Another example, the hit TV show in the 1950s, ‘I Love Lucy’. This TV show is in itself a very interesting analyses point due to the fact that it is about a struggling housewife who is unable to establish an external working life and therefore reverts to a life of household management. The actress that plays Lucy, Lucille Ball, was a very successful actress, and therefore contradicts the very storyline she portrays. Lucy is wearing a chequered shirt and a skirt, her hair is done up, out of her face, perfect for the busy housewife that will be doing chores around the house. Within this picture, the characters are talking about the money they have found and what to do with it. Lucy looks somewhat shocked and does not know quite what to do, whilst the male counterpart looks as though he is delivering a proposition to her and is the one with the ideas. It also shows the husband handling the money, which could suggest that the husband is the one with the fiscal responsibility rather than the wife, which again reinforces a stereotype of the period.

To conclude, it is clear from the evidence provided that housewives in the 1950s had a certain set of responsibilities and preconceived ideas about what they were expected to do. This can be supported by the advertisement and photograph that I chose to analyze because they show a specific but widely approved stereotype of what the ideal housewife should be in the 1950s. For instance, the advertisement shows a pristine woman that is unphased by her busy schedule, and so her clothes are too with the help of the product on sale. ‘I Love Lucy’ is also a prime example of stereotyping in society, especially in this photograph where the man is handling the money, suggesting that the male part of the household should be the one to deal with money as women did not necessarily possess the understanding of money management. In a patriarchal society, women were looked down upon and therefore their social status was degraded because of this. I have used these certain academic sources both in my research and my analysis to elaborate upon my argument and also support the idea that the social status of housewives was affected by both academics and also by promotion through research and advertising. Sociologists and intellectuals such as Betty Frieden and Herbert Hoggart started to recognize the social contribution that women, and most importantly housewives, provided and that inspired and developed the movement of second-wave feminism. Although it comes as no particular surprise to me that housewives, and indeed women were viewed in this way during this period of time, I was surprised to find the recognition that a lot of academics have given to how important they are as a social group and their contribution to society. Though housewives did have a perceived lower social status, they contributed towards society so heavily that their social status started to benefit, and with the provision of the relevant statistics we can see that women started to be accepted in the workspace and also housewives were respected more in society as the 1950s went on. Women in general started to have the recognition they deserved when it came to their overall contribution in a social context and this boosted the status of not just housewives, but also working women as well.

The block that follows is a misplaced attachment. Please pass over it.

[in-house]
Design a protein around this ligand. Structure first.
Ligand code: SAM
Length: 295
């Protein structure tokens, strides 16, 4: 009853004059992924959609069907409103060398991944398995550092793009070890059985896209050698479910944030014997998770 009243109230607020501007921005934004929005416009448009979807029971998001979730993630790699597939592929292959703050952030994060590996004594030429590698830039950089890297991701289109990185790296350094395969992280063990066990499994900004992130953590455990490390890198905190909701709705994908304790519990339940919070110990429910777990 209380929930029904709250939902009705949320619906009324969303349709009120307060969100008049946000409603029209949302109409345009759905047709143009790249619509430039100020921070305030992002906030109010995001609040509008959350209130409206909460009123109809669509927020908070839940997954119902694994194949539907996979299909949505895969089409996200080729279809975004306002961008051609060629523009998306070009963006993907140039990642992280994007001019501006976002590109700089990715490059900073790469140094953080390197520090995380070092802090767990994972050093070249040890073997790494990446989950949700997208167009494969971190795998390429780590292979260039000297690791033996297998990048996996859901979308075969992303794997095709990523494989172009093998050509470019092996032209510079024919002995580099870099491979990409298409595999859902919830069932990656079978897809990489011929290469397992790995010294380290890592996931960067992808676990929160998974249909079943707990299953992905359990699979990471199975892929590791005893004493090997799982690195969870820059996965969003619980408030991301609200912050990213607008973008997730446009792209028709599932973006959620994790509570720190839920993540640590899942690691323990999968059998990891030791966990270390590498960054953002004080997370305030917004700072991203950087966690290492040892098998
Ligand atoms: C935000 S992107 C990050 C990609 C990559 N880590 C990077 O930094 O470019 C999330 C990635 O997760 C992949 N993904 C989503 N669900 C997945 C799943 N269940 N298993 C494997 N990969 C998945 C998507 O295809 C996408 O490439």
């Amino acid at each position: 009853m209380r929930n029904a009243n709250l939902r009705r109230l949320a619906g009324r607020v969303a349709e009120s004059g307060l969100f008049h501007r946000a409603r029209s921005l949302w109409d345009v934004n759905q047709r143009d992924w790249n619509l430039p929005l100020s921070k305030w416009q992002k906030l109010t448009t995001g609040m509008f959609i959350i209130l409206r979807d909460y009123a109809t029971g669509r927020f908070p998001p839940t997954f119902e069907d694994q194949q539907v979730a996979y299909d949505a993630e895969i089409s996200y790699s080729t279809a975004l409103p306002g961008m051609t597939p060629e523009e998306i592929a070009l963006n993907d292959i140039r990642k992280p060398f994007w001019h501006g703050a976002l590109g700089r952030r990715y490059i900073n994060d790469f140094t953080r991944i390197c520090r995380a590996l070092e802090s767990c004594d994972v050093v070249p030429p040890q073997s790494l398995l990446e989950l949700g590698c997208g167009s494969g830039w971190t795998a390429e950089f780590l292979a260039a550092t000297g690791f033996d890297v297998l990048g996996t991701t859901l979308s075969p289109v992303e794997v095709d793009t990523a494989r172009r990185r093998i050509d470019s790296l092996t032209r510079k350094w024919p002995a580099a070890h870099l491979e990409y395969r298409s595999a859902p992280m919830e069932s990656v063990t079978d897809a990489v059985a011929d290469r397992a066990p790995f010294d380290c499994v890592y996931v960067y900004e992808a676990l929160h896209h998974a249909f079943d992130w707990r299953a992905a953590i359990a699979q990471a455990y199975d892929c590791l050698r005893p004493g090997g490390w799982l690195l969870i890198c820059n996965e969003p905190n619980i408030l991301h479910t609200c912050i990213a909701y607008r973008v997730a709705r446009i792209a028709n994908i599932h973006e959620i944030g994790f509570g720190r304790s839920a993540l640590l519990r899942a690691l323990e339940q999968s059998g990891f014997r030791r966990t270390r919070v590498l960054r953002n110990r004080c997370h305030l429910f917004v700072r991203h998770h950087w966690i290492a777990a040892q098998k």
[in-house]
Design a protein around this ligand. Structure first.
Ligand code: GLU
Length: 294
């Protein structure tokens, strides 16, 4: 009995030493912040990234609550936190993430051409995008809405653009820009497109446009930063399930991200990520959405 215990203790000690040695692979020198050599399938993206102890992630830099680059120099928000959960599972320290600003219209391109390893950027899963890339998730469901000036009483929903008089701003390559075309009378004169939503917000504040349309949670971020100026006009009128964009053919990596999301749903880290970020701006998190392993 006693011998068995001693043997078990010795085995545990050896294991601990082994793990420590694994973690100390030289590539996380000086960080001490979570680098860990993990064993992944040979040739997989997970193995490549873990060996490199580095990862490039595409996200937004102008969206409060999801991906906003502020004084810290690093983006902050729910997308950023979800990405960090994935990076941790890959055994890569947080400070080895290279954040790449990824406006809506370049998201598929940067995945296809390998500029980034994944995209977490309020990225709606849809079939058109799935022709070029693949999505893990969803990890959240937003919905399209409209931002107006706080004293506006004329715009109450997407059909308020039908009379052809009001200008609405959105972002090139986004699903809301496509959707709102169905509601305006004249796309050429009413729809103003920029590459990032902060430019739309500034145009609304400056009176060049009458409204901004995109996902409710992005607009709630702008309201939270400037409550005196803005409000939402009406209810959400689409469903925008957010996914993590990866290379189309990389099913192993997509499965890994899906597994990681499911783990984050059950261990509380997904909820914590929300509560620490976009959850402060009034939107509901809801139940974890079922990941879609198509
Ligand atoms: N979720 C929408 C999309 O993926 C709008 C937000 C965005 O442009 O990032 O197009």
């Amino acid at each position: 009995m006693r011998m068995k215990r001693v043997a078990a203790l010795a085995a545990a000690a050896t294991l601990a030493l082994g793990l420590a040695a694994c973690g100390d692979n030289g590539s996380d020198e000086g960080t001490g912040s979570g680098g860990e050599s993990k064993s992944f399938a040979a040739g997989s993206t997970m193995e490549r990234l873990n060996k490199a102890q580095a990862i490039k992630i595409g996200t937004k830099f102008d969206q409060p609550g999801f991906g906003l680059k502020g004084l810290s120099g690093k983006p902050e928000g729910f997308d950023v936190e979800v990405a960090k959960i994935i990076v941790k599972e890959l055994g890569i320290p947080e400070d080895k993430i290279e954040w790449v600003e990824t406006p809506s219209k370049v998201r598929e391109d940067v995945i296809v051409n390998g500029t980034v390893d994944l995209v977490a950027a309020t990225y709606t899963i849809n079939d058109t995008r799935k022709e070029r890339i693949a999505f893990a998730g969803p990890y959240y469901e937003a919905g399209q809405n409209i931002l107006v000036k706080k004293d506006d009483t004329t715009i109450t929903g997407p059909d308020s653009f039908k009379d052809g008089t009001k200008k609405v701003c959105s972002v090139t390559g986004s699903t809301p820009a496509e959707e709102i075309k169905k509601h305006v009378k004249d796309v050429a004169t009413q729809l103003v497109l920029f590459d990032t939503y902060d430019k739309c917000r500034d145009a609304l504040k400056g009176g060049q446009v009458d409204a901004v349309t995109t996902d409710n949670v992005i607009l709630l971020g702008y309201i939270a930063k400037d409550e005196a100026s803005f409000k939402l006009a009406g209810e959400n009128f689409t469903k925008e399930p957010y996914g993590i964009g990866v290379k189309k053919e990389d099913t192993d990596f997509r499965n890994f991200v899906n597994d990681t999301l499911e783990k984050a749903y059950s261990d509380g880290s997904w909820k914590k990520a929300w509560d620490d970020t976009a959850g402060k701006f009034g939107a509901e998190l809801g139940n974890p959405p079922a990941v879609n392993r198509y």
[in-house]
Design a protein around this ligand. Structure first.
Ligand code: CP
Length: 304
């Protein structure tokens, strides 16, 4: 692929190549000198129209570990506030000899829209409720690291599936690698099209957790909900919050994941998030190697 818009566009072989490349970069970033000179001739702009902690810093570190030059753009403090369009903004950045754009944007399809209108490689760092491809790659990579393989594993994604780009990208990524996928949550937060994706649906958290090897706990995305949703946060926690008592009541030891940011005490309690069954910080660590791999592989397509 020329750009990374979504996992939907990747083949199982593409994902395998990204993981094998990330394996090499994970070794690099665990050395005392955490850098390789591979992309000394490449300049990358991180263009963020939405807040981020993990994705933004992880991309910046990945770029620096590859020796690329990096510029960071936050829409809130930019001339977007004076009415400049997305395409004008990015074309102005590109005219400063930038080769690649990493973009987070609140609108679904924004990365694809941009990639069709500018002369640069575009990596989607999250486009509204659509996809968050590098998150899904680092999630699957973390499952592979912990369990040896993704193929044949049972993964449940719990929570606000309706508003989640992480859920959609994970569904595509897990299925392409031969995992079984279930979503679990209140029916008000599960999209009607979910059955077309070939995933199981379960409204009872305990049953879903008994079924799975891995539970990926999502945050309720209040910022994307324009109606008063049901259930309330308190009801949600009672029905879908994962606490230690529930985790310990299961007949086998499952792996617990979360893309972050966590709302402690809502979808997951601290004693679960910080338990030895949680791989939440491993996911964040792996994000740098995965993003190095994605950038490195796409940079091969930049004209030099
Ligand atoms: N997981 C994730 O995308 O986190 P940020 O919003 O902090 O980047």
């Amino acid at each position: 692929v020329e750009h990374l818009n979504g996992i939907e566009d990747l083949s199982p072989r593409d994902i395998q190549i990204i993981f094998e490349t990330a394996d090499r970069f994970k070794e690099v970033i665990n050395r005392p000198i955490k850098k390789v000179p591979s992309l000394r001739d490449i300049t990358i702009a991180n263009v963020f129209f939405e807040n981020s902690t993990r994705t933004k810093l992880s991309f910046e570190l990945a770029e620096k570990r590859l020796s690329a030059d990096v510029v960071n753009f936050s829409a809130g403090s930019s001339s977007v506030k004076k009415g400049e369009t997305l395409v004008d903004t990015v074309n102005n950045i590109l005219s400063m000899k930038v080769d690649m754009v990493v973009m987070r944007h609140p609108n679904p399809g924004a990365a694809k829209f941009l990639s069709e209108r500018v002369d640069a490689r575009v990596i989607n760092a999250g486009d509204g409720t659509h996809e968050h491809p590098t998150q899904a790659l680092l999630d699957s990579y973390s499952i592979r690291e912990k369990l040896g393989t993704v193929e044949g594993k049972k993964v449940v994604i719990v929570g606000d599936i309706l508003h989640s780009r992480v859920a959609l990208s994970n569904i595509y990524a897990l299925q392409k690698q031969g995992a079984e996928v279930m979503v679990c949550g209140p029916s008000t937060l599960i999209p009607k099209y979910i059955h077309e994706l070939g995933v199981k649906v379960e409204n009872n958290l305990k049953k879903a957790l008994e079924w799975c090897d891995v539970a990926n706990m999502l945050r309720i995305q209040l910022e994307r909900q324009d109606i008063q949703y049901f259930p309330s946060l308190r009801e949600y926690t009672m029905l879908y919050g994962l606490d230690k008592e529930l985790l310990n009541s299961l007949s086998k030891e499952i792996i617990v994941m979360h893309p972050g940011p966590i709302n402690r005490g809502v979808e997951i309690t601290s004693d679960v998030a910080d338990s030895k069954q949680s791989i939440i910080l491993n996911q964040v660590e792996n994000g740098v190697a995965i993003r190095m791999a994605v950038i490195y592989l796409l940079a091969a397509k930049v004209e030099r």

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Social Status of Housewives During the 1950s. (2022, September 01). Edubirdie. Retrieved February 5, 2023, from